“I can definitely foresee this technology becoming a part of vision systems,” says Dale Tutt, vice president, industry strategy, at Siemens Digital Industries Software (Figure 2). “In the studies they are doing at Purdue University, researchers are able to mimic the results of the human eye in a way that requires less data requirements. That is intriguing to me.”

Applications in the works

When you think about the various applications that have vision systems, the promise of collecting information that will let the machine make the decision faster with less data and fewer data requirements also means there will be a decrease in power requirements, making that machine more energy-efficient, explains Siemens’ Tutt. “I am interested to see where this evolution of computerized vision systems will go,” he says. “As this technology is modeled and a digital twin of the eye is created to generate a computer vision system, I think it could be implemented within the next five to 10 years. I do not think we are talking decades.”

The design may also be useful for neuromorphic computing applications that operate on principles similar to the architecture of the human brain, says Ke Chen, a graduate student in Mei’s lab and lead author of the paper that tested the device on facial recognition (Figure 3).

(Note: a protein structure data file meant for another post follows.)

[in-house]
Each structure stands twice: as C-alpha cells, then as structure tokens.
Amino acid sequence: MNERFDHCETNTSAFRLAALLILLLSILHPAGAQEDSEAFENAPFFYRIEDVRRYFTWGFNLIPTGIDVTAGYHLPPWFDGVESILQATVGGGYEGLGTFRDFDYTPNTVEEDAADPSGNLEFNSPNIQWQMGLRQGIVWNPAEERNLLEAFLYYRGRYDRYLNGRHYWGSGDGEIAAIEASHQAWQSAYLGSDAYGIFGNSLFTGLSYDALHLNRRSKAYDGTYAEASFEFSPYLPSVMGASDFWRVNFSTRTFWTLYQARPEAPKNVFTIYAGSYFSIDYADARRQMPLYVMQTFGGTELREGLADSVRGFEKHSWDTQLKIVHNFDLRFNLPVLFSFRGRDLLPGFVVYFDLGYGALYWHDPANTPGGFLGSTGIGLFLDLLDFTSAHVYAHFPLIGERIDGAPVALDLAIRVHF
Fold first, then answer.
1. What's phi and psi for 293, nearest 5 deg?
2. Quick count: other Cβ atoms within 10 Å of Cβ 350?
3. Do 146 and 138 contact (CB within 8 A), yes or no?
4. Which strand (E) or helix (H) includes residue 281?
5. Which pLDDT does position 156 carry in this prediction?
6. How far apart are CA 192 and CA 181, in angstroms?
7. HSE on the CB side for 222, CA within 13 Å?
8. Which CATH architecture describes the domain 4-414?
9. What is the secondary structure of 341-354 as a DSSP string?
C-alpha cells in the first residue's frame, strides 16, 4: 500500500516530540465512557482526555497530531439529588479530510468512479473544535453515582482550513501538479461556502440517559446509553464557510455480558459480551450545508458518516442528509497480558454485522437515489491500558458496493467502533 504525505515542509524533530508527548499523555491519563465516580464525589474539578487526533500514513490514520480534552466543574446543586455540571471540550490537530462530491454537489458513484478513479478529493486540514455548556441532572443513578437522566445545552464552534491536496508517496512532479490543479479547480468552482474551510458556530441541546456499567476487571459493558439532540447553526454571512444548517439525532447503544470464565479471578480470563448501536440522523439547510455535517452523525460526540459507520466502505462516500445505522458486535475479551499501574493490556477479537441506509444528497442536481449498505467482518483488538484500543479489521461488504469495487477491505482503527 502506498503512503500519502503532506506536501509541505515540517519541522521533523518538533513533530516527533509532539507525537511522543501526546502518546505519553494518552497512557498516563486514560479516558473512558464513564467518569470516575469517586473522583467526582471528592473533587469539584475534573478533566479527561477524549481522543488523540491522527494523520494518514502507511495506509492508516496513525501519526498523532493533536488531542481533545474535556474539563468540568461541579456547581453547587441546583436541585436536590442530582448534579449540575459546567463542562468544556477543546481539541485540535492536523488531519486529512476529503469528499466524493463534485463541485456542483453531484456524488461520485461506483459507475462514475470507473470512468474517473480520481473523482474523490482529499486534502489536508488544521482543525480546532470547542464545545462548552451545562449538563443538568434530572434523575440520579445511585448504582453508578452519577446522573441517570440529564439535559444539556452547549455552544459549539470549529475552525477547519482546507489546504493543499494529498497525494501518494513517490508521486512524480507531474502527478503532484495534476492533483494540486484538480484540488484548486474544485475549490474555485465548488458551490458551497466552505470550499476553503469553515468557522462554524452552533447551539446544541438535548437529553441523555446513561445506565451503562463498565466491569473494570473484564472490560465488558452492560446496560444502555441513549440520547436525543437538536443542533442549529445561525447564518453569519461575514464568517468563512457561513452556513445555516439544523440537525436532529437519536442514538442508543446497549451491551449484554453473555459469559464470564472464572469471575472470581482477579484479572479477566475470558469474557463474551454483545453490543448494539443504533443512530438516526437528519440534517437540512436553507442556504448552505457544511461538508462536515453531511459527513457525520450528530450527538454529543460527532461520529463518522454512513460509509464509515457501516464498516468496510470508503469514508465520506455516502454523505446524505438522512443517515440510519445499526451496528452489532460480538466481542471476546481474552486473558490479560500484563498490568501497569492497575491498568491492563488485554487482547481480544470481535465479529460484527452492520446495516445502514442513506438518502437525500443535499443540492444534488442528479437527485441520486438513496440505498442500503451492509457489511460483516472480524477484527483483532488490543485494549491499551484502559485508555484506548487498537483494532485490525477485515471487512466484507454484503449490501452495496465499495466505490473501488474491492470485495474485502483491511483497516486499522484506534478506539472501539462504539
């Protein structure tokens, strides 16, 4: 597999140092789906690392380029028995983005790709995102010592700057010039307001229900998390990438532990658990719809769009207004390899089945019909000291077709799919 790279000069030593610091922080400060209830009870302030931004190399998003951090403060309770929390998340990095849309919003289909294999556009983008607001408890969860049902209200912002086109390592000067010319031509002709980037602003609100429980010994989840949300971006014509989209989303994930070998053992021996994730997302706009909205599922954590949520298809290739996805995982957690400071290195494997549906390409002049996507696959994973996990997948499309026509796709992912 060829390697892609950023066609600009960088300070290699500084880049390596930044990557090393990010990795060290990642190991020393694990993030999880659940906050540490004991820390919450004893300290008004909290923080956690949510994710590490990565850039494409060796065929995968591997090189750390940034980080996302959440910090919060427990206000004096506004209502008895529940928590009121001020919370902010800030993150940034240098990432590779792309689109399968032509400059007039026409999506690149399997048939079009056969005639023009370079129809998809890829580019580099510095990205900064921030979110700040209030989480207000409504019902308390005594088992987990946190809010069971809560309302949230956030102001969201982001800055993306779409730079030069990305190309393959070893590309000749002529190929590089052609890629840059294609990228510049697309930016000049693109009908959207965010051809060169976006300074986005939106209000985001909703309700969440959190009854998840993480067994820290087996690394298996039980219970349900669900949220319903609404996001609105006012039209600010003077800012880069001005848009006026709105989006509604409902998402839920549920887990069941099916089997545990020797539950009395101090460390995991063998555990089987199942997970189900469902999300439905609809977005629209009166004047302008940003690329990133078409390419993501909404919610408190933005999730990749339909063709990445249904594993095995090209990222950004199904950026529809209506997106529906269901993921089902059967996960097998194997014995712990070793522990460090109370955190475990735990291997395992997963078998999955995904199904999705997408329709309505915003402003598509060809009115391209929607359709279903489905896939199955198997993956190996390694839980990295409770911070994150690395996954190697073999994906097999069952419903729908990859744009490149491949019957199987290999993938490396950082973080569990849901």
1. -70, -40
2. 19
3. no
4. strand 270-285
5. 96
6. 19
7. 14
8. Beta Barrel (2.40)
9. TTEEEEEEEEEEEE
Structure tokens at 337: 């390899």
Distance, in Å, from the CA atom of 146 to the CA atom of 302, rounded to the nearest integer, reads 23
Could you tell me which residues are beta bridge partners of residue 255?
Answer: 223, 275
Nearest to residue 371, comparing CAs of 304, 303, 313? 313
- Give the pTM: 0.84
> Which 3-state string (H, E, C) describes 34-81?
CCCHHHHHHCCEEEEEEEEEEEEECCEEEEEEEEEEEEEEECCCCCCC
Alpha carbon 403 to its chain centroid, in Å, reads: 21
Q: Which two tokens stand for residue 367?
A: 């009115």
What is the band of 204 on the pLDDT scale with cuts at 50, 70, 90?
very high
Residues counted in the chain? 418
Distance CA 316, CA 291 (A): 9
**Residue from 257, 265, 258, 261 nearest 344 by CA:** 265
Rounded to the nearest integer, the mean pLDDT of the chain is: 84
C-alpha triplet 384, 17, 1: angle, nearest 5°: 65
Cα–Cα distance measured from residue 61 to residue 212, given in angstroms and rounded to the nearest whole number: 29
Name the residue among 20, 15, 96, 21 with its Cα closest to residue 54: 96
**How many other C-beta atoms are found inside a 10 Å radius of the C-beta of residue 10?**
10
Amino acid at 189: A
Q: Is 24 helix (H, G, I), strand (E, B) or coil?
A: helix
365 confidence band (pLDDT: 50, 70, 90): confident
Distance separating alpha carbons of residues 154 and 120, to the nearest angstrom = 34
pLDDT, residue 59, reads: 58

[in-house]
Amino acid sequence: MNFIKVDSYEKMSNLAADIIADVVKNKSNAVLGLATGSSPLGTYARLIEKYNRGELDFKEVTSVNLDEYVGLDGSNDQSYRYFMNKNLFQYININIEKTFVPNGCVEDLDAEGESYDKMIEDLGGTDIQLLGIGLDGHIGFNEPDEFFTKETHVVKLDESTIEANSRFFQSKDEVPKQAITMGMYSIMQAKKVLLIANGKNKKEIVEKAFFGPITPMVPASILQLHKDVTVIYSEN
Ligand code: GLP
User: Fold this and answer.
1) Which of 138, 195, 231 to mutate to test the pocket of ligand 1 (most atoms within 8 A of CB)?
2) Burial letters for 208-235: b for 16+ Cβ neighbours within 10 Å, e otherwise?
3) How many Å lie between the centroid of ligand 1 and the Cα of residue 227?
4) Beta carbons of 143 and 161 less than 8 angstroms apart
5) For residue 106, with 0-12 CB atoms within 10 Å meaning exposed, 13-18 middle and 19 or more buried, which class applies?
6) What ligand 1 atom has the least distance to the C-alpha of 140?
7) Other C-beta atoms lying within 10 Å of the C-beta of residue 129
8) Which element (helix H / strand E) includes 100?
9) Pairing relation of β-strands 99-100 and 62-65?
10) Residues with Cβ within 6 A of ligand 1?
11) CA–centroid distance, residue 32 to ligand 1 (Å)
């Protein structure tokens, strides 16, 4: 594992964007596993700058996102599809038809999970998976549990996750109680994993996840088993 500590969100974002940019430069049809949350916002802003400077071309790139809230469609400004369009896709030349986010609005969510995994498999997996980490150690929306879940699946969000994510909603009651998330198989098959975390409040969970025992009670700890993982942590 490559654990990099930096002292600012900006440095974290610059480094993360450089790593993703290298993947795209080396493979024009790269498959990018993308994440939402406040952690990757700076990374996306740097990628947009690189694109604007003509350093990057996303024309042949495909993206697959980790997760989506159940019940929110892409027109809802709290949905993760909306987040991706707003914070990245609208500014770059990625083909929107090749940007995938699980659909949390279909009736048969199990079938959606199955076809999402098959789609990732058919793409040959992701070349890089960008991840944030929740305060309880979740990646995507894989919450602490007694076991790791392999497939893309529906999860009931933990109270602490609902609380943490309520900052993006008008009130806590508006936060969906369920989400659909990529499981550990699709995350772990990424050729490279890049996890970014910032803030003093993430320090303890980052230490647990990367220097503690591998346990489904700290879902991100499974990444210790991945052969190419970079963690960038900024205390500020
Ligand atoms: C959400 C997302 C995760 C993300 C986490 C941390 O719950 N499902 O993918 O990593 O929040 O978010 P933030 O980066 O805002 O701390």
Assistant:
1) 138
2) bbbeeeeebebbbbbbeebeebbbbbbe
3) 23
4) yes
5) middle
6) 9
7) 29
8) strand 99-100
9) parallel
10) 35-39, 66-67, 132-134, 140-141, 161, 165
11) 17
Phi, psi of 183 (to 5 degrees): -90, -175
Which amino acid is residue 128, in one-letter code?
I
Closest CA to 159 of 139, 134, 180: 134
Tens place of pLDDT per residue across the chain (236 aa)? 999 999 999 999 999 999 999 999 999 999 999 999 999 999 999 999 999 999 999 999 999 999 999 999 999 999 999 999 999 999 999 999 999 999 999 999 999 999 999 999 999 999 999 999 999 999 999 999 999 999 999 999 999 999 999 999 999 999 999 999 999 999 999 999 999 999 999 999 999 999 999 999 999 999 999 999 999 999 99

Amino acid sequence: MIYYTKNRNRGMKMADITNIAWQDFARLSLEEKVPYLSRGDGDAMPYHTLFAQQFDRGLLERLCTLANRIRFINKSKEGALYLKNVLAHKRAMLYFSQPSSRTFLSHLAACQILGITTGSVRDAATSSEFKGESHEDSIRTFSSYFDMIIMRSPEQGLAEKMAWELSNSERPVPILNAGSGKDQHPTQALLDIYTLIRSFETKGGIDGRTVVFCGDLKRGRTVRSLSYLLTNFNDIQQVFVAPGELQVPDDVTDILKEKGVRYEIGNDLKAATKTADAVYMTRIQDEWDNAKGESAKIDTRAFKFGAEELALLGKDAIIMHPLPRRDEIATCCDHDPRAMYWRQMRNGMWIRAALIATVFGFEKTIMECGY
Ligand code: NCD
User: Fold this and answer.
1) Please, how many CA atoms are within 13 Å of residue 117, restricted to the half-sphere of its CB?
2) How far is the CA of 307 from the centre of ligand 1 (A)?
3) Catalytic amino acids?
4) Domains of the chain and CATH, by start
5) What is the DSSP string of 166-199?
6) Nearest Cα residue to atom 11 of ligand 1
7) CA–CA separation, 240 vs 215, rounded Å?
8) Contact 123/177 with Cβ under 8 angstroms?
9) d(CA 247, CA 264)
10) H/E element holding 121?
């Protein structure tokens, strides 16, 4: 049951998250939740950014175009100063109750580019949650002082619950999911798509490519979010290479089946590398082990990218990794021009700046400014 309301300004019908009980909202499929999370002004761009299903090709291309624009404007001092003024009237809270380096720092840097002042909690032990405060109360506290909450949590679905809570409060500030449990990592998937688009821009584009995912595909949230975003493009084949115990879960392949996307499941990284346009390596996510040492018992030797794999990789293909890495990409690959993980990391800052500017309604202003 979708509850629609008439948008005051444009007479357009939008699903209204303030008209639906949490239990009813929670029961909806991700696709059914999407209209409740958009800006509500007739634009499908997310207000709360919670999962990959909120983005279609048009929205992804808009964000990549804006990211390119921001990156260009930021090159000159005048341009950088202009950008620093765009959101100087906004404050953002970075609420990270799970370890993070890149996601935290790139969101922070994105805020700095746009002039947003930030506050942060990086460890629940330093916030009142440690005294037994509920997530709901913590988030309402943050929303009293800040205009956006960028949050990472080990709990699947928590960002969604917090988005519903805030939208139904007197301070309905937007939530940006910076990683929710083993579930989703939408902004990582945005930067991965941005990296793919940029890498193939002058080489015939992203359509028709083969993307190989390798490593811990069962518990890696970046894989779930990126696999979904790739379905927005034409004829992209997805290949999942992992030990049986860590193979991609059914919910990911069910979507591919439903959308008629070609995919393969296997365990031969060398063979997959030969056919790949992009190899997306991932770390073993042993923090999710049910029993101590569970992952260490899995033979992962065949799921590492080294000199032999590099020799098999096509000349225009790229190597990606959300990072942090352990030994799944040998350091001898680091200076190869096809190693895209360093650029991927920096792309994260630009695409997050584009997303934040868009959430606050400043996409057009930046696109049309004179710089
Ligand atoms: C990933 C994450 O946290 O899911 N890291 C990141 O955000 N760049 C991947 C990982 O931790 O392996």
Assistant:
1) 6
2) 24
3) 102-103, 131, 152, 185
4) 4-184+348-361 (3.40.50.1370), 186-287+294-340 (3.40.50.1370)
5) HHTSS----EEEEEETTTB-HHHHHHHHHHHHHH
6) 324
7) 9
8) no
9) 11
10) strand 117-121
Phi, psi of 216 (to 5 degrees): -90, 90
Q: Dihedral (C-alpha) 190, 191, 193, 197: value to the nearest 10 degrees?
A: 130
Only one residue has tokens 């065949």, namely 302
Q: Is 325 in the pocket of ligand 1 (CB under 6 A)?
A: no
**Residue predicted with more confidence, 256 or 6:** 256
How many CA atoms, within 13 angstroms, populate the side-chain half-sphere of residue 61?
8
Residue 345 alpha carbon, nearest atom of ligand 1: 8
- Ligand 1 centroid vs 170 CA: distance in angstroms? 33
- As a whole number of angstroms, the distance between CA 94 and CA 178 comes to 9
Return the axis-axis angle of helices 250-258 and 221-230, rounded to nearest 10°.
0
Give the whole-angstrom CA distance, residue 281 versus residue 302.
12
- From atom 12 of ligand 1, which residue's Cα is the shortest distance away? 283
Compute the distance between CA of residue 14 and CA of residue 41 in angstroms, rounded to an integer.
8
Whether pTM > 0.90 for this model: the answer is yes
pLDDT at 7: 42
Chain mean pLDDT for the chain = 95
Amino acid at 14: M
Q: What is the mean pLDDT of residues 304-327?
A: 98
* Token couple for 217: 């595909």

“In a normal computer vision system, you create a signal, and then you have to transfer the data from memory to processing and back to memory; it takes a lot of time and energy to do that,” says Chen. “Our device has integrated functions of light perception, light-to-electric-signal transformation and on-site memory and data processing.”

In industrial systems or machinery, there is typically a sensor with a computer behind it, and the computer is doing the calculations and work, explains Tutt. “It appears that sensor could easily be replaced with more efficient optical sensors, which would lead to different algorithms that require less computing power to do the calculations and analysis of what the vision sensor is capturing,” he says. “In theory, many of the sensors could be replaced with this newer or evolutionary technology. I might even go so far as to say it has the potential be revolutionary technology, especially if we can combine it with artificial intelligence (AI) to truly mimic not only the vision powers of a human, but also the ability to problem-solve and make decisions the way a human does.”

Mei’s vision system, like human vision, is relatively low-resolution but is well-suited to sensing movement. Human eyes have a resolution in the neighborhood of 15 microns. The prototype device, which houses 18,000 transistors on a 10-centimeter square chip, has a resolution of a few hundred microns, and Mei says the technology could be improved by lowering resolution to about 10 microns.